In September, I started a new job at a trail riding stable in Cape Tribulation!
Cape Tribulation is about 3 hours north of Cairns and is home to not one, but two World Heritage-listed sites: the Daintree Rainforest and the Great Barrier Reef. My new job including taking care of the horses and guiding trail rides. It was very similar to what I used to do in Jasper, Alberta – just instead of going through the mountains, we rode through rainforest and along tropical beaches.
I lived right on the property while I was there, in a rustic (and rusty) staff house. It was very basic but had three main advantages: I had a VERY short commute to work, plus lovely views out my front porch:
And – best of all – the horses would come up to visit me in the mornings! One horse, Basil, came every single morning that I was there.
Initially, Basil tried to either knock over my bowl of oatmeal, spill my coffee, or eat my toast (smearing jam all over the table) each morning. Eventually I learned to appease him with carrots and apples, and we became good friends after that:
At work, the stables were quite busy. The tourism sector in far north Queensland, oddly enough, is booming in some places. Queensland has had extremely low COVID cases (only 1206 in total), with their state borders closed throughout most of the year (I came in during a three-week window when the border opened in July). Life is relatively normal in Queensland right now, compared to almost everywhere else – people can still go out to restaurants, shops, tours, and so on, with little worry of COVID transmission (although there are of course COVID precautions everywhere, such as hand sanitisers and social distancing measures). A lot of Queenslanders have been holidaying up in the Cairns area, since they can’t go anywhere else. Lots of people who came on rides mentioned that they’d had a holiday booked for Bali, Europe, North America…. but it had to be cancelled due to COVID-19, so they went on holiday within Australia instead! Many of them commented that, though they lived in Australia, they had never been to the Cairns area before, or the Great Barrier Reef. I think a lot of us choose to explore other countries before we see our own, perhaps because different places are exotic and thus more exciting. Australia and Canada are similar, though, in that both have stunning scenery – their residents are truly lucky to live in such places!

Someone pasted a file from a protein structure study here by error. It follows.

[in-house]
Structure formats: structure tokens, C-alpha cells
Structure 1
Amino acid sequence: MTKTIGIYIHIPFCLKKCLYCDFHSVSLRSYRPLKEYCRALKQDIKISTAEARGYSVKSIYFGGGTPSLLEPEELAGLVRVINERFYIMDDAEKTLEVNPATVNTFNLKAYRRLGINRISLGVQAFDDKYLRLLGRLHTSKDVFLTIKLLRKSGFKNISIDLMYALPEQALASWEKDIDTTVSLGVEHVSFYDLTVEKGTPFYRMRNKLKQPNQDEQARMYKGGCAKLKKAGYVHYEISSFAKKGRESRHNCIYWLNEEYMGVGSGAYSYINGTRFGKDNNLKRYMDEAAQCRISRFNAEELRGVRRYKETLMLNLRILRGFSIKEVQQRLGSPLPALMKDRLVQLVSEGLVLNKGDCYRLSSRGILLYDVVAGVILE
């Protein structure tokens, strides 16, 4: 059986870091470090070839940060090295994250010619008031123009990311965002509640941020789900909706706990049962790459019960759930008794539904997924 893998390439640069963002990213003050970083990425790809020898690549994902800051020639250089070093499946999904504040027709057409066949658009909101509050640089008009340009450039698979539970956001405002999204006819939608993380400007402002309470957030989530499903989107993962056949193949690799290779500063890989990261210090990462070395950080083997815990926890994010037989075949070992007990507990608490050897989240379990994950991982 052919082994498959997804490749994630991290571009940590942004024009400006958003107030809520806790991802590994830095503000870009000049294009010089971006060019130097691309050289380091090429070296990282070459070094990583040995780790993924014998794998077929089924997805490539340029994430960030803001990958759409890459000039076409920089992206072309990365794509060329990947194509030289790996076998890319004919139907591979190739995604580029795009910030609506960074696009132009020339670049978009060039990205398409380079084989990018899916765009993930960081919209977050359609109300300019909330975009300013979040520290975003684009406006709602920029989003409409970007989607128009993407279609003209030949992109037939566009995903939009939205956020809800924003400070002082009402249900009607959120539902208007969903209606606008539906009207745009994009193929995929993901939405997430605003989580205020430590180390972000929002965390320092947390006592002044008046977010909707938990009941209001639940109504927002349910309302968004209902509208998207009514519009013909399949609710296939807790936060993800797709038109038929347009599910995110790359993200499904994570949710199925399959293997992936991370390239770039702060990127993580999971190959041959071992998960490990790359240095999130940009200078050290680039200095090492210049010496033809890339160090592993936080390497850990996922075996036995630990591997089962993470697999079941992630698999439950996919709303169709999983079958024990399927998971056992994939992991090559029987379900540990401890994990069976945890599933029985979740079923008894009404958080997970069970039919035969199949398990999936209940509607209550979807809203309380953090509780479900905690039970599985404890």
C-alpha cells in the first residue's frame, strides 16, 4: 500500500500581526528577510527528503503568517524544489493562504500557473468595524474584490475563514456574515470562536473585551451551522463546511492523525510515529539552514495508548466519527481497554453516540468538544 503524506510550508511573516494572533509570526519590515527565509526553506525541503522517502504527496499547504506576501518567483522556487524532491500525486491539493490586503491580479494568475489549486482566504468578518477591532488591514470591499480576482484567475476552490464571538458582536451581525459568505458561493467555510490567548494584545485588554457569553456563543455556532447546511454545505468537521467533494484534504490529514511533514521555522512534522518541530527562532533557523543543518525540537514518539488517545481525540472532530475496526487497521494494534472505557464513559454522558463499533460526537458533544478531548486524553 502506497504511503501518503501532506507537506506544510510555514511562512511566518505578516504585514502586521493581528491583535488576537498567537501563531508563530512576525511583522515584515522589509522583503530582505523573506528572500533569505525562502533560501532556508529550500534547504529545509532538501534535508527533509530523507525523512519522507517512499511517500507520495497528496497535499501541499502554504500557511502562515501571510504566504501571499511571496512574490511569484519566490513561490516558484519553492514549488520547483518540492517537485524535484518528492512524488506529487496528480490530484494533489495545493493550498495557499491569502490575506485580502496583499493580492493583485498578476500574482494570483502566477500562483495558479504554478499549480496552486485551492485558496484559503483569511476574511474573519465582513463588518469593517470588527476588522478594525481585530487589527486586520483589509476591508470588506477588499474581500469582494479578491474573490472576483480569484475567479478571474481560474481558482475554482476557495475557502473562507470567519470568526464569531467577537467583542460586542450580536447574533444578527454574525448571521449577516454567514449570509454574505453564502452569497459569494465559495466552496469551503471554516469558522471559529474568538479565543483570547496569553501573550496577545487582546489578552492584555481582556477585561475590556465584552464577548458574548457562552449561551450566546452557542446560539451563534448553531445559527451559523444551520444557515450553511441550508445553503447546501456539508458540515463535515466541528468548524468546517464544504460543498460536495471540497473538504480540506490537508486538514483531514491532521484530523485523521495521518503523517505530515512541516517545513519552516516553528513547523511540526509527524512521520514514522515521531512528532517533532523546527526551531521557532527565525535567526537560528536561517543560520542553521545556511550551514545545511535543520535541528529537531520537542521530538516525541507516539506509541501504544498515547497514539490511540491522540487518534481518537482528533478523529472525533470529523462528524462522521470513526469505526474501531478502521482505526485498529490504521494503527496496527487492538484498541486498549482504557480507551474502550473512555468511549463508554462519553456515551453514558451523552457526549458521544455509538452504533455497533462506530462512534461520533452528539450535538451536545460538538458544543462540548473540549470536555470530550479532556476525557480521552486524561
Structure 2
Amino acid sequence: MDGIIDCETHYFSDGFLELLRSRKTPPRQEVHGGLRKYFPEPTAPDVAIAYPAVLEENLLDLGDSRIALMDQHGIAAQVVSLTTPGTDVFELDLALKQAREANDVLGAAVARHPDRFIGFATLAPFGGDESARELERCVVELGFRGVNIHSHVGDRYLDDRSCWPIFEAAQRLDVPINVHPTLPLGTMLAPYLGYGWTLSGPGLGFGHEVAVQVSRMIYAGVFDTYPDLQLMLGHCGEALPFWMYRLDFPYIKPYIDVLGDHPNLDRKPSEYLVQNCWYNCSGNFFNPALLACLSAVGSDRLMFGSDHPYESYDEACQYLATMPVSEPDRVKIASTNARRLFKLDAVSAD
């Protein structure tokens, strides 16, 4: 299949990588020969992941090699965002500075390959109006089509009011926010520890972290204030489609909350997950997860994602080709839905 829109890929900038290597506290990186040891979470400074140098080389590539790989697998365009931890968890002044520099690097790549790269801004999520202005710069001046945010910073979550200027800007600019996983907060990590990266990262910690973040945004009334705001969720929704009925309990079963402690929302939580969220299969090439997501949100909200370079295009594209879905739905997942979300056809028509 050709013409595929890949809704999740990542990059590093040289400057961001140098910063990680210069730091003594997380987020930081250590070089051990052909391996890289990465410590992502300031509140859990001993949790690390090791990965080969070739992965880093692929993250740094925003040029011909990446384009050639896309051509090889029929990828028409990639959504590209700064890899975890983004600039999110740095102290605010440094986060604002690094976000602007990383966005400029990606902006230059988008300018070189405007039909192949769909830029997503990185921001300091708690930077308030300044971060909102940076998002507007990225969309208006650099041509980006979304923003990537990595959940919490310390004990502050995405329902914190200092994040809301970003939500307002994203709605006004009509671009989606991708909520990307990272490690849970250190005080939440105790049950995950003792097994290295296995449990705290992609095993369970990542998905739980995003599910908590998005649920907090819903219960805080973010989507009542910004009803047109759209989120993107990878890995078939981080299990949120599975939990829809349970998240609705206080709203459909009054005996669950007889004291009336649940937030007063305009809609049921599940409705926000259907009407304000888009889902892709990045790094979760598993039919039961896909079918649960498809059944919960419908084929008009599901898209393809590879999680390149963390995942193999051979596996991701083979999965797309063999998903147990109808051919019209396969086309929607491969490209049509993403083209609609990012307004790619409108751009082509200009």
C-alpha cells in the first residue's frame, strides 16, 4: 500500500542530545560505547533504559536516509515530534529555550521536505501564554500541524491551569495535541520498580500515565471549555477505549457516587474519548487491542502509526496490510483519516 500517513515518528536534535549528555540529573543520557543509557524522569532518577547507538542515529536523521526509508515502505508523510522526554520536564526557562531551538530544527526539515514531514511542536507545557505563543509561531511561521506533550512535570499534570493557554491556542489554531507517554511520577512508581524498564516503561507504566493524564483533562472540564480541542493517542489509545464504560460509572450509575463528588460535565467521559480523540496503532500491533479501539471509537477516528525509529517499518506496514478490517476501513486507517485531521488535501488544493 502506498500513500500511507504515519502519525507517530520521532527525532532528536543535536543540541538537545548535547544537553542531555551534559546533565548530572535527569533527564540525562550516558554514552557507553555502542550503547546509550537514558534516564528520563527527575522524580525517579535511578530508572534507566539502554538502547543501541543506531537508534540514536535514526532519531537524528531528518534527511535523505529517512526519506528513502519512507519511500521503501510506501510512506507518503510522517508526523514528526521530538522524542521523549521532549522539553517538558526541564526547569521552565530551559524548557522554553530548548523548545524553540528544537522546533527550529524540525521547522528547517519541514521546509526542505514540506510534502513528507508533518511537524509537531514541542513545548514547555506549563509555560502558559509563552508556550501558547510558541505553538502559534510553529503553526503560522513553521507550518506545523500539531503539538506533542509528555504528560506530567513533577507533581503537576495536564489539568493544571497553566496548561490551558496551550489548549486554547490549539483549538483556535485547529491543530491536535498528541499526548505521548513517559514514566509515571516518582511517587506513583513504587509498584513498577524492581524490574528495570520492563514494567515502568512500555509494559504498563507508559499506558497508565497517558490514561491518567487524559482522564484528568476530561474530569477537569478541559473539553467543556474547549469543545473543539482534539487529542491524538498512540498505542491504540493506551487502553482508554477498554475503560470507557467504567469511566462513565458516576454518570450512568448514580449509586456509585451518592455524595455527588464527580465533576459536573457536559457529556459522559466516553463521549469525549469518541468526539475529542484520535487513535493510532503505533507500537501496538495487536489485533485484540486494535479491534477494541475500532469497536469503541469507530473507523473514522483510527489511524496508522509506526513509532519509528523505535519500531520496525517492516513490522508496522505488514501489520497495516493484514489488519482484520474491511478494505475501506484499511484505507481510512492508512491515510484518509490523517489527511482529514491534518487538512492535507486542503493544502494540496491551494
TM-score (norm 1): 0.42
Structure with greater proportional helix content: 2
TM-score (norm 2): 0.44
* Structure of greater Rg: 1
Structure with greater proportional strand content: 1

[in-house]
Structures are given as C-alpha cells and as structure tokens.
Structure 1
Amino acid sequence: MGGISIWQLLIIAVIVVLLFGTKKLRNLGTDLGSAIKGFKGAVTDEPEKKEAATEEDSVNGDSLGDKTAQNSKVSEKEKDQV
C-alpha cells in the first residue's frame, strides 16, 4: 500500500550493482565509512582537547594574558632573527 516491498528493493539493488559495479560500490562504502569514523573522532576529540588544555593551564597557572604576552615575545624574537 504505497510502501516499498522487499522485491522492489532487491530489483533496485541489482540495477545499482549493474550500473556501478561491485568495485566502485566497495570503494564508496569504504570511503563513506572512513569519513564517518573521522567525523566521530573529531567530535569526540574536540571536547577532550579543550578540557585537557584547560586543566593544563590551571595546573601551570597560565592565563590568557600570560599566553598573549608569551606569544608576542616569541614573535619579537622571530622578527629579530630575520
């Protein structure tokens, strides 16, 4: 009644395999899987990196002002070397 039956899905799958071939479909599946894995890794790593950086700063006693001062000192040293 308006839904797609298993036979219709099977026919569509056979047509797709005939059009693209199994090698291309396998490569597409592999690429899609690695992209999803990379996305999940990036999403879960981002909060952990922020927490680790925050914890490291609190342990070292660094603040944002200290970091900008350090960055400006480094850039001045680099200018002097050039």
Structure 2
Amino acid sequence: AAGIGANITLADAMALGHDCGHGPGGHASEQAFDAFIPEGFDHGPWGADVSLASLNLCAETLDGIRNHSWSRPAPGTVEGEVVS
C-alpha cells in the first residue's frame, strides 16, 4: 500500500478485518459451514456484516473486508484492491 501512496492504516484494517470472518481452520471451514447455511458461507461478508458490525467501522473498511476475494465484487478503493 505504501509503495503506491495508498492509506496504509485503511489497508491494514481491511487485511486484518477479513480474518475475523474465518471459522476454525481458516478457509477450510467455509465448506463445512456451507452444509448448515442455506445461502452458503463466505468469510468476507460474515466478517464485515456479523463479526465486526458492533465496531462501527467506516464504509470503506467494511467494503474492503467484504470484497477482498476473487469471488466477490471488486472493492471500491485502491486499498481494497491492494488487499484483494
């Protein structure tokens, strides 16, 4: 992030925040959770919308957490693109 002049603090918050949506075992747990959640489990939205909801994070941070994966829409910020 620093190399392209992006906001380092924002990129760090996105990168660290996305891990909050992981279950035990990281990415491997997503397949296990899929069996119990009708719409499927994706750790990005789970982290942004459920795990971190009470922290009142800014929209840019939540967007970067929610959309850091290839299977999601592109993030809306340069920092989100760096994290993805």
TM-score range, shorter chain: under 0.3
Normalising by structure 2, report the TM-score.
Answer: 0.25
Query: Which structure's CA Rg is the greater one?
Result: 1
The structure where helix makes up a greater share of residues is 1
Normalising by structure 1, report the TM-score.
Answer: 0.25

So, despite COVID-19 putting a damper on the tourism industry everywhere, certain businesses within northern Queensland still seemed to be doing okay. Many of the businesses that relied on a high volume of clients were suffering, but some of the ones that could survive on smaller numbers were doing exceptionally well. The horse riding stable was one such business – the maximum number of riders they could take was twenty a day (ten on the morning ride, and ten on the afternoon ride), and they were almost constantly sold out while I was there.